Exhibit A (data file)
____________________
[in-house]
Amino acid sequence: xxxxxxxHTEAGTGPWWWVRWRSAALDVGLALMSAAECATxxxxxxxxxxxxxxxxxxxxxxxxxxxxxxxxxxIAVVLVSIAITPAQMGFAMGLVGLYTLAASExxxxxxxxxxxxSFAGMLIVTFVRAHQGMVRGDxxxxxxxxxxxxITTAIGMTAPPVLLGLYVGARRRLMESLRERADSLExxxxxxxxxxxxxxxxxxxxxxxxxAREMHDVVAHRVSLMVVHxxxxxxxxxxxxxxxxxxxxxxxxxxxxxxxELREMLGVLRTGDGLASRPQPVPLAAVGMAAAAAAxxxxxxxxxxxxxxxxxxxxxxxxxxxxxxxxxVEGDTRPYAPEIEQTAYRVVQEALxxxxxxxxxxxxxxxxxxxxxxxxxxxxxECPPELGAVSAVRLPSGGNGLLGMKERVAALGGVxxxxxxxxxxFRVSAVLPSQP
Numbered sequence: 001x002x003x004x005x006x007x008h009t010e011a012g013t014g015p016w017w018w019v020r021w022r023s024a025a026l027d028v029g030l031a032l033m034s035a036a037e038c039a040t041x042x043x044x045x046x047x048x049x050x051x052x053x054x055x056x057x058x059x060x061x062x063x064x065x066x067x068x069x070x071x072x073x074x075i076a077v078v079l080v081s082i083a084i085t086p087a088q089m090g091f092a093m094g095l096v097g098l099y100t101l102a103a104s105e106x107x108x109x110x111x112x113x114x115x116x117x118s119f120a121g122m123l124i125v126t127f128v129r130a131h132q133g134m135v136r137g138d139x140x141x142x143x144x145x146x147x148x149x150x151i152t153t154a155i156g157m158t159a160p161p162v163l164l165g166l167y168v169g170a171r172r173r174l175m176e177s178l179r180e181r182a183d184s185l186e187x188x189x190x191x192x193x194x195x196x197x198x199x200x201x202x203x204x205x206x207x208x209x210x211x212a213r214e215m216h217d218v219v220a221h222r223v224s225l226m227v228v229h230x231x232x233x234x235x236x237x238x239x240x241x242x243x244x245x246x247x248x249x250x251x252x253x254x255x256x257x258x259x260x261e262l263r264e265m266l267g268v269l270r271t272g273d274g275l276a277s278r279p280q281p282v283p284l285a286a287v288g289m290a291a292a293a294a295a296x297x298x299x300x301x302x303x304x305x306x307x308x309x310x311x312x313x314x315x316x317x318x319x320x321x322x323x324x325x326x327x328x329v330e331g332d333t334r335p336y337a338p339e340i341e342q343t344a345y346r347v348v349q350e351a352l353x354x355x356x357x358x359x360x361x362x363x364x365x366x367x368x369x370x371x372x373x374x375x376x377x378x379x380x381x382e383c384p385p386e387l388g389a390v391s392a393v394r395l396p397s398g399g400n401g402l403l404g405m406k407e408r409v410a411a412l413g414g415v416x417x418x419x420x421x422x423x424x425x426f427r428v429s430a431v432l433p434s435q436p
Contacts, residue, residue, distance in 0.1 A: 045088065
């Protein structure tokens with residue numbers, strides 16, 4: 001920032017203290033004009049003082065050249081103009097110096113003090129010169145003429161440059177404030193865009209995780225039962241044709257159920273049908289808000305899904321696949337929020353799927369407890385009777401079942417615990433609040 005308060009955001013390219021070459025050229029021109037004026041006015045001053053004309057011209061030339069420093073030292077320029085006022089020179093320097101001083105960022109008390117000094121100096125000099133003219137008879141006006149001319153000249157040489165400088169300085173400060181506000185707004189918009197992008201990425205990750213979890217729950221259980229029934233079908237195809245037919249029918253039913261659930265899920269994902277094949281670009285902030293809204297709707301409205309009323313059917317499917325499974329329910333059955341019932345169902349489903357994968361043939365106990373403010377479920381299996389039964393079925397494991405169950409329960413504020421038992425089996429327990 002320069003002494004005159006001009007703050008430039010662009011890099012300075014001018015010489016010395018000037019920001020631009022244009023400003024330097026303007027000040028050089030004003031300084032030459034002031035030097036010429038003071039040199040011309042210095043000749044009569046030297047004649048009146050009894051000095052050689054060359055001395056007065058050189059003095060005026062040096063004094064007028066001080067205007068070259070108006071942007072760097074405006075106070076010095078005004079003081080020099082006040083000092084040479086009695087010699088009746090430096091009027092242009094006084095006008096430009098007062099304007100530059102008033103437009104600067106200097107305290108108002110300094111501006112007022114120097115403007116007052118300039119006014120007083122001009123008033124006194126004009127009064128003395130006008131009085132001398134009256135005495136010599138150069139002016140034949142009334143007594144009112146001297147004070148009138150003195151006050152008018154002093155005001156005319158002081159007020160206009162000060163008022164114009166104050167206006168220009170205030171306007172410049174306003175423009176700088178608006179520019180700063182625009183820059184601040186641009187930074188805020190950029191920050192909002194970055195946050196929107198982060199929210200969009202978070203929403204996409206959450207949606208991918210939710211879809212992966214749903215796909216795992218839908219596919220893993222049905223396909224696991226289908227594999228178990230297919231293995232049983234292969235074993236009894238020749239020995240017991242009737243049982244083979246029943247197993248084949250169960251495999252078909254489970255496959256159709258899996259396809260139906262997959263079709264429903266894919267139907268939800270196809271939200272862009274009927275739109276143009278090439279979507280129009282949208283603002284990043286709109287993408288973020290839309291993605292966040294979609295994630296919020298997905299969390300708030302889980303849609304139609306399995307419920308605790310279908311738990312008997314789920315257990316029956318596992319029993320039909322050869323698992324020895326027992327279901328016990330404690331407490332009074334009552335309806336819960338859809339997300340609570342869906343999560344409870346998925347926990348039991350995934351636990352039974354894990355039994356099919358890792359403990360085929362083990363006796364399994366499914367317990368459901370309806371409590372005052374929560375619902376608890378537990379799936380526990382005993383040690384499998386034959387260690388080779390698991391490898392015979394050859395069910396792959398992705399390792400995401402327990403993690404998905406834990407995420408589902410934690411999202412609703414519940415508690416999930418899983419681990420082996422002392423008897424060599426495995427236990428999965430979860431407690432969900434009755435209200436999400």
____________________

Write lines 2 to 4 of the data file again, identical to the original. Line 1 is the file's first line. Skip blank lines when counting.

Amino acid sequence: xxxxxxxHTEAGTGPWWWVRWRSAALDVGLALMSAAECATxxxxxxxxxxxxxxxxxxxxxxxxxxxxxxxxxxIAVVLVSIAITPAQMGFAMGLVGLYTLAASExxxxxxxxxxxxSFAGMLIVTFVRAHQGMVRGDxxxxxxxxxxxxITTAIGMTAPPVLLGLYVGARRRLMESLRERADSLExxxxxxxxxxxxxxxxxxxxxxxxxAREMHDVVAHRVSLMVVHxxxxxxxxxxxxxxxxxxxxxxxxxxxxxxxELREMLGVLRTGDGLASRPQPVPLAAVGMAAAAAAxxxxxxxxxxxxxxxxxxxxxxxxxxxxxxxxxVEGDTRPYAPEIEQTAYRVVQEALxxxxxxxxxxxxxxxxxxxxxxxxxxxxxECPPELGAVSAVRLPSGGNGLLGMKERVAALGGVxxxxxxxxxxFRVSAVLPSQP
Numbered sequence: 001x002x003x004x005x006x007x008h009t010e011a012g013t014g015p016w017w018w019v020r021w022r023s024a025a026l027d028v029g030l031a032l033m034s035a036a037e038c039a040t041x042x043x044x045x046x047x048x049x050x051x052x053x054x055x056x057x058x059x060x061x062x063x064x065x066x067x068x069x070x071x072x073x074x075i076a077v078v079l080v081s082i083a084i085t086p087a088q089m090g091f092a093m094g095l096v097g098l099y100t101l102a103a104s105e106x107x108x109x110x111x112x113x114x115x116x117x118s119f120a121g122m123l124i125v126t127f128v129r130a131h132q133g134m135v136r137g138d139x140x141x142x143x144x145x146x147x148x149x150x151i152t153t154a155i156g157m158t159a160p161p162v163l164l165g166l167y168v169g170a171r172r173r174l175m176e177s178l179r180e181r182a183d184s185l186e187x188x189x190x191x192x193x194x195x196x197x198x199x200x201x202x203x204x205x206x207x208x209x210x211x212a213r214e215m216h217d218v219v220a221h222r223v224s225l226m227v228v229h230x231x232x233x234x235x236x237x238x239x240x241x242x243x244x245x246x247x248x249x250x251x252x253x254x255x256x257x258x259x260x261e262l263r264e265m266l267g268v269l270r271t272g273d274g275l276a277s278r279p280q281p282v283p284l285a286a287v288g289m290a291a292a293a294a295a296x297x298x299x300x301x302x303x304x305x306x307x308x309x310x311x312x313x314x315x316x317x318x319x320x321x322x323x324x325x326x327x328x329v330e331g332d333t334r335p336y337a338p339e340i341e342q343t344a345y346r347v348v349q350e351a352l353x354x355x356x357x358x359x360x361x362x363x364x365x366x367x368x369x370x371x372x373x374x375x376x377x378x379x380x381x382e383c384p385p386e387l388g389a390v391s392a393v394r395l396p397s398g399g400n401g402l403l404g405m406k407e408r409v410a411a412l413g414g415v416x417x418x419x420x421x422x423x424x425x426f427r428v429s430a431v432l433p434s435q436p
Contacts, residue, residue, distance in 0.1 A: 045088065